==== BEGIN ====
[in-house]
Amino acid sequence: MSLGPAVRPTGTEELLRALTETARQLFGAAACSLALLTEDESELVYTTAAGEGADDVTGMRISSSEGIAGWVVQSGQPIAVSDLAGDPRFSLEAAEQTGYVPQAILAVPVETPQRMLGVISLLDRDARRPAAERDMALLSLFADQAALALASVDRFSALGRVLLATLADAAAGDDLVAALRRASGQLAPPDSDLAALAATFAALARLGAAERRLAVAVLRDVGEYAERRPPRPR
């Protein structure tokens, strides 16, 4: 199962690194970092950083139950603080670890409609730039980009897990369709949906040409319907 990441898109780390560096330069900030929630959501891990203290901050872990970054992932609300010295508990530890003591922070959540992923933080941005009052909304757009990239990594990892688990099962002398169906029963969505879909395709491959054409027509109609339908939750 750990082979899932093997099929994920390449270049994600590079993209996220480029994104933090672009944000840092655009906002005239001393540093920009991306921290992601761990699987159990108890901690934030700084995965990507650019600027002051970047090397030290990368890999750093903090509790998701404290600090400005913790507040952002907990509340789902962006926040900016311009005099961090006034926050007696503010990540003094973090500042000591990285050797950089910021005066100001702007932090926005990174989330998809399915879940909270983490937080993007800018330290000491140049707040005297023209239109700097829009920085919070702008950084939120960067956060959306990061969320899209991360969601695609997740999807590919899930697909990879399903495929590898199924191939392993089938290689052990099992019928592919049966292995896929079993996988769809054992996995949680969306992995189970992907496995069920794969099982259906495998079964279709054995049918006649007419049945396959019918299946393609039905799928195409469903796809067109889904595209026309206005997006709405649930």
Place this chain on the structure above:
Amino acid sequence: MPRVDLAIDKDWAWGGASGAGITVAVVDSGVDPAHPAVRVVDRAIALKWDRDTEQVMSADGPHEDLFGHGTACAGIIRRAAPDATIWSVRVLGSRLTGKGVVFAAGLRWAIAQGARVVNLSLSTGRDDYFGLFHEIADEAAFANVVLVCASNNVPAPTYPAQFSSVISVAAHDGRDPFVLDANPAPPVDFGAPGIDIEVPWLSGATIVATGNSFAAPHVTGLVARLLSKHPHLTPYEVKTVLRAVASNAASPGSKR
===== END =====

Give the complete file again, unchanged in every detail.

[in-house]
Amino acid sequence: MSLGPAVRPTGTEELLRALTETARQLFGAAACSLALLTEDESELVYTTAAGEGADDVTGMRISSSEGIAGWVVQSGQPIAVSDLAGDPRFSLEAAEQTGYVPQAILAVPVETPQRMLGVISLLDRDARRPAAERDMALLSLFADQAALALASVDRFSALGRVLLATLADAAAGDDLVAALRRASGQLAPPDSDLAALAATFAALARLGAAERRLAVAVLRDVGEYAERRPPRPR
């Protein structure tokens, strides 16, 4: 199962690194970092950083139950603080670890409609730039980009897990369709949906040409319907 990441898109780390560096330069900030929630959501891990203290901050872990970054992932609300010295508990530890003591922070959540992923933080941005009052909304757009990239990594990892688990099962002398169906029963969505879909395709491959054409027509109609339908939750 750990082979899932093997099929994920390449270049994600590079993209996220480029994104933090672009944000840092655009906002005239001393540093920009991306921290992601761990699987159990108890901690934030700084995965990507650019600027002051970047090397030290990368890999750093903090509790998701404290600090400005913790507040952002907990509340789902962006926040900016311009005099961090006034926050007696503010990540003094973090500042000591990285050797950089910021005066100001702007932090926005990174989330998809399915879940909270983490937080993007800018330290000491140049707040005297023209239109700097829009920085919070702008950084939120960067956060959306990061969320899209991360969601695609997740999807590919899930697909990879399903495929590898199924191939392993089938290689052990099992019928592919049966292995896929079993996988769809054992996995949680969306992995189970992907496995069920794969099982259906495998079964279709054995049918006649007419049945396959019918299946393609039905799928195409469903796809067109889904595209026309206005997006709405649930």
Place this chain on the structure above:
Amino acid sequence: MPRVDLAIDKDWAWGGASGAGITVAVVDSGVDPAHPAVRVVDRAIALKWDRDTEQVMSADGPHEDLFGHGTACAGIIRRAAPDATIWSVRVLGSRLTGKGVVFAAGLRWAIAQGARVVNLSLSTGRDDYFGLFHEIADEAAFANVVLVCASNNVPAPTYPAQFSSVISVAAHDGRDPFVLDANPAPPVDFGAPGIDIEVPWLSGATIVATGNSFAAPHVTGLVARLLSKHPHLTPYEVKTVLRAVASNAASPGSKR